As the coronavirus crisis continues and movie theaters are imperiled as a result, Wonder Woman 1984 director Patty Jenkins has held firm that her new movie will still open in theaters rather than streaming services. Speaking with Reuters, Jenkins talks about her film being delayed three times due to COVID-19 and how important it is to not let moviegoing become extinct.
“I don’t think any of us want to live in a world where the only option is to take your kids to watch a movie in your own living room, and not have a place to go for a date,” Jenkins said. “I really hope that we are able to be one of the very first [films] to come back and bring that into everyone’s life.”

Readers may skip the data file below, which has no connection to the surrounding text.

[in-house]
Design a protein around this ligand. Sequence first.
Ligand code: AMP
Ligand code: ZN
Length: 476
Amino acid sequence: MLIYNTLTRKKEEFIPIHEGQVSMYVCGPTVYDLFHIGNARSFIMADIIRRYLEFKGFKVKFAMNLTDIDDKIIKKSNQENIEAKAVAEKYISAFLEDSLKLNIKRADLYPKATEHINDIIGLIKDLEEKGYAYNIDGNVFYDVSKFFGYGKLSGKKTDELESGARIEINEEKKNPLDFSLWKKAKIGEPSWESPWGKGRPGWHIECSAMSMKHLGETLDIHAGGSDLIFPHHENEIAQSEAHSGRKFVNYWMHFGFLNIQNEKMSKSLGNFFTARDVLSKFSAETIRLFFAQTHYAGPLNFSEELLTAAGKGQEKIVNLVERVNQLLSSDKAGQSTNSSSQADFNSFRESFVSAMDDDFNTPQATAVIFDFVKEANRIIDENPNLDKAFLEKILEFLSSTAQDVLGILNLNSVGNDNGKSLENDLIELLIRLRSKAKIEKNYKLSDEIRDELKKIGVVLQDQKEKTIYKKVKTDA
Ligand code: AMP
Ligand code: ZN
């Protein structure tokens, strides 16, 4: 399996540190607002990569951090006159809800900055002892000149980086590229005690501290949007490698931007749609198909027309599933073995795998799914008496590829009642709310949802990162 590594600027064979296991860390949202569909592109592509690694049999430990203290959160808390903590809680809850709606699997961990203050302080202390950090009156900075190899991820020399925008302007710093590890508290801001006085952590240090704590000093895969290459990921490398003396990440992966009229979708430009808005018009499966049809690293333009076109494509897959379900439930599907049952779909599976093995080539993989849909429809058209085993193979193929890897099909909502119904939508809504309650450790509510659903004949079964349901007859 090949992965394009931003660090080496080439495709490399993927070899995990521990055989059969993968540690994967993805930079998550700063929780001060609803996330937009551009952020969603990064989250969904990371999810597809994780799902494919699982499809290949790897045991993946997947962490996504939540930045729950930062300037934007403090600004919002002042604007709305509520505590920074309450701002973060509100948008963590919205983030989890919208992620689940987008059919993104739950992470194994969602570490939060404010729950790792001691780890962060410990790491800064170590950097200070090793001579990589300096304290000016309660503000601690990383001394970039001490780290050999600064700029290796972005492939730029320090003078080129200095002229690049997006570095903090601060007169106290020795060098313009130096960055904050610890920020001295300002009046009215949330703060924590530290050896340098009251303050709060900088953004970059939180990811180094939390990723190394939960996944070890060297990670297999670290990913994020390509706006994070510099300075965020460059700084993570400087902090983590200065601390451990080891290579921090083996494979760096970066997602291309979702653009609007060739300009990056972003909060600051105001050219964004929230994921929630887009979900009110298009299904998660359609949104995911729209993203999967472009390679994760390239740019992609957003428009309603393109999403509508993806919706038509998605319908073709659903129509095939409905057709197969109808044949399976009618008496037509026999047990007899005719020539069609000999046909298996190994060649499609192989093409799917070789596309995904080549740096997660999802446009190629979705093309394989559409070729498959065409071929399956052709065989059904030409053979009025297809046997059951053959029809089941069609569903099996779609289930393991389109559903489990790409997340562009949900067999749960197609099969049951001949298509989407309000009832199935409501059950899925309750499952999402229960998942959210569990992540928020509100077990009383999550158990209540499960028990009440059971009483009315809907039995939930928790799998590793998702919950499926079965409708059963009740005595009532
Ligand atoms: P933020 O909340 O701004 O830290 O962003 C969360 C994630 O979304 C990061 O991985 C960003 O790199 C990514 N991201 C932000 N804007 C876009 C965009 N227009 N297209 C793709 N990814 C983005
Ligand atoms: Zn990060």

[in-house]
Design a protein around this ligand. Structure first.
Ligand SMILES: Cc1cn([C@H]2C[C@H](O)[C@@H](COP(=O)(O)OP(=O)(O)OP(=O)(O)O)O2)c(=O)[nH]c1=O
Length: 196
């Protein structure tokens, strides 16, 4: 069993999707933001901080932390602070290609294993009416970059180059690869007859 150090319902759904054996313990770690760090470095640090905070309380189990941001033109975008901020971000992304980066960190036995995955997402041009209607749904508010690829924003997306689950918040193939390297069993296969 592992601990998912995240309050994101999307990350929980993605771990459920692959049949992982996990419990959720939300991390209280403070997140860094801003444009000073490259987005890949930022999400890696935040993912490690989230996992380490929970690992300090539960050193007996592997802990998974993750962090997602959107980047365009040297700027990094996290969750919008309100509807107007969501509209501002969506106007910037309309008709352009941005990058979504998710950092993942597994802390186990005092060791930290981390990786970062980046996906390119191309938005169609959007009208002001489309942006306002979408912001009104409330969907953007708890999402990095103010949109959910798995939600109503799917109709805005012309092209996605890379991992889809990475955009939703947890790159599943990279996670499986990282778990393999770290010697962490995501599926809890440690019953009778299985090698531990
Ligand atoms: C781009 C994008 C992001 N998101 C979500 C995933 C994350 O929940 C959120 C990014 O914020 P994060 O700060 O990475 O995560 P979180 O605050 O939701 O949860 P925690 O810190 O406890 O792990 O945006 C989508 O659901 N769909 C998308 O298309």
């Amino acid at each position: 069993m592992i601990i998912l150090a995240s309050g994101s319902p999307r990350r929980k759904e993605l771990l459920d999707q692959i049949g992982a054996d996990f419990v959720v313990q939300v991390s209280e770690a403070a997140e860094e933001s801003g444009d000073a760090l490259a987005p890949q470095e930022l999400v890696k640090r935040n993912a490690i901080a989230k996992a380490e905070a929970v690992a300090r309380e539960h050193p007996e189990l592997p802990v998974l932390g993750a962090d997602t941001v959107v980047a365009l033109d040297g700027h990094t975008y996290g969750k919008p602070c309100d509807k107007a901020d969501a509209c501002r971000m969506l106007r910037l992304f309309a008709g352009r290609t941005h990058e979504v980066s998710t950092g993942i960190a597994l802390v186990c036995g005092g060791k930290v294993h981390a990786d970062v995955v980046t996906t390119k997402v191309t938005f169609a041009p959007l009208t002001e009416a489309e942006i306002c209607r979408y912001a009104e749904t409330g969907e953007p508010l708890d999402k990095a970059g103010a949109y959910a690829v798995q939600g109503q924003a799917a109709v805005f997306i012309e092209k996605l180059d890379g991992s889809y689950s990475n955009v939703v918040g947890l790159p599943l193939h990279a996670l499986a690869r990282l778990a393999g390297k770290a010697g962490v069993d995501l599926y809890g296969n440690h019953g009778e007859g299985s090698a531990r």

Director Christopher Nolan’s much-anticipated Tenet tried to plant a similar flag after many, many delays–but time-bending marvel has in hindsight not proven to be much of a litmus test for whether theaters are back since releasing September 3. Variety recently clocked Tenet as netting $250 million globally, but characterized its performance in the US as “stalling.”
Jenkins sees these numbers as a natural reaction to the pandemic and theaters struggling to get into lockstep over safety procedures–and still being in denial over how seismic 2020 has been in thinking about the movie business. Instead, Jenkins says she can see a near-future where streaming will be the home for less expensive films and theaters being the home for big-budget action movies.
“If we shut this down, this will not be a reversible process,” Jenkins warned. “We could lose movie theater-going forever.”
Wonder Woman 1984 is slated for a Christmas Day release this year.
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